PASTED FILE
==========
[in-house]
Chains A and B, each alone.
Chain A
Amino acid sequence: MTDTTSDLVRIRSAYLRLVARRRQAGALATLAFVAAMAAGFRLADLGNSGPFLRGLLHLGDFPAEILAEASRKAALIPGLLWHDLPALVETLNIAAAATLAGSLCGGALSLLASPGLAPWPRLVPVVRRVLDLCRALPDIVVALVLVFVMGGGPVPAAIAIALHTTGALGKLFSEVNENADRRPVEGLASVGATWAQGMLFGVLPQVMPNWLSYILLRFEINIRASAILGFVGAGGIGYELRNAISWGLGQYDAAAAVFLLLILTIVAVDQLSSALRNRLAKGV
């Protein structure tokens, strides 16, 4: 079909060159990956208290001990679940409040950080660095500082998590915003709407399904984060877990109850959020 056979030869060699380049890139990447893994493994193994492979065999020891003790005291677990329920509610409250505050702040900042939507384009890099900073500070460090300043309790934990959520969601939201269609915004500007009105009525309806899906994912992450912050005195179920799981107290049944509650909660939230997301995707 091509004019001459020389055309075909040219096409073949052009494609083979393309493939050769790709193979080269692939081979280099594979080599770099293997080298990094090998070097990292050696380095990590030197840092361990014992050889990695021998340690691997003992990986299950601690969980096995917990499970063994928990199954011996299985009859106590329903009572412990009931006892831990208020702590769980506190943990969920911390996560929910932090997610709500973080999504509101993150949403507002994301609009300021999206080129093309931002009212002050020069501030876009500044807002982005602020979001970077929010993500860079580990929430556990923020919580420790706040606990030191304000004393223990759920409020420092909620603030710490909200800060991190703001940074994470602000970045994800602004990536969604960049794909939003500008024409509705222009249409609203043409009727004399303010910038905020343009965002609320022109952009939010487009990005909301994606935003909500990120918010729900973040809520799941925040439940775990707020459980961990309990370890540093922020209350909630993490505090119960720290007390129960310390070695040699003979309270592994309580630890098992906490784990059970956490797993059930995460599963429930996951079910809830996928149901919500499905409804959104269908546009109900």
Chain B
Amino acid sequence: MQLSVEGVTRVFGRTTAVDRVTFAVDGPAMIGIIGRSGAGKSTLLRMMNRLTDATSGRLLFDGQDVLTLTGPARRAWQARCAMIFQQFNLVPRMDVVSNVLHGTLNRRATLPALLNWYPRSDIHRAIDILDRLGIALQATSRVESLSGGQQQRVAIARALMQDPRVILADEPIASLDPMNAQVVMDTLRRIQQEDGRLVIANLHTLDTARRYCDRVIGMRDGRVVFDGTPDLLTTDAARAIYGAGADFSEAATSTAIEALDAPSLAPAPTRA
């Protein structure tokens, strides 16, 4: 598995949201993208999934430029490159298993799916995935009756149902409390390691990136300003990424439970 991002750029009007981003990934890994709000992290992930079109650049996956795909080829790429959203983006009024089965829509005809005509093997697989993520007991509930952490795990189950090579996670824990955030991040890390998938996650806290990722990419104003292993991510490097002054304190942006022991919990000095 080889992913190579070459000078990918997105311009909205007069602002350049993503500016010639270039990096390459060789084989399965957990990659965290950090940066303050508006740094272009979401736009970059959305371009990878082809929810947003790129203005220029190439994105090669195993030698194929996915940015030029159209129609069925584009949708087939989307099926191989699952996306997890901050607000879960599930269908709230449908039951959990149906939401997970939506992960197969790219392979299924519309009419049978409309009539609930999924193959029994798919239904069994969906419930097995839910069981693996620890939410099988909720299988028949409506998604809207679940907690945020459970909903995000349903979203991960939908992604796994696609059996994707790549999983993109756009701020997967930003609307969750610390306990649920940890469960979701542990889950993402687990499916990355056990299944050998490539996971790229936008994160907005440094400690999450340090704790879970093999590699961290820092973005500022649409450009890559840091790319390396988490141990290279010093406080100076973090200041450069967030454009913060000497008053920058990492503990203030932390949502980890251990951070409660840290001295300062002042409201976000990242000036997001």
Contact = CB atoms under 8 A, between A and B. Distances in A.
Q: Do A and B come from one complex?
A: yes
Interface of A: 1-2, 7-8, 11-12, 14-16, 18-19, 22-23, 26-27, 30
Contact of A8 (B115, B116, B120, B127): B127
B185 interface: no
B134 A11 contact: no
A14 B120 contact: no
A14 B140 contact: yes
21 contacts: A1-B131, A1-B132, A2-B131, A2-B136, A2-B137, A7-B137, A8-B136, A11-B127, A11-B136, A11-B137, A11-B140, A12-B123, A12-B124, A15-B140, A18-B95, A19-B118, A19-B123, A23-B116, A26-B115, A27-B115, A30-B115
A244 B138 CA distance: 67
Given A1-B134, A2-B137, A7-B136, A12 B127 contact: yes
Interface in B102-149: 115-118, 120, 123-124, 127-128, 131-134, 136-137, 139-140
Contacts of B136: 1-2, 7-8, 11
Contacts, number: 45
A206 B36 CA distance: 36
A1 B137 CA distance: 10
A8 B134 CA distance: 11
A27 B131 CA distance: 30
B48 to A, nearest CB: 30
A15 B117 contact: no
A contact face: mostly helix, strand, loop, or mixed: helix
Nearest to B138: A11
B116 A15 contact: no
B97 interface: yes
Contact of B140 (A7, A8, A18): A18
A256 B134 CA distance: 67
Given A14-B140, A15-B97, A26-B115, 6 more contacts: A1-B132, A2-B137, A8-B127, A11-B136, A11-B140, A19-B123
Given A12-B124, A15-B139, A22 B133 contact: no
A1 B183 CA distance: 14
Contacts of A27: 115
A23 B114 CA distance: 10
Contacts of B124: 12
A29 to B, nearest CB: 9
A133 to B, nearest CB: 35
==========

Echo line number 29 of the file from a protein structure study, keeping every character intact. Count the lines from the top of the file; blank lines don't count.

A15 B117 contact: no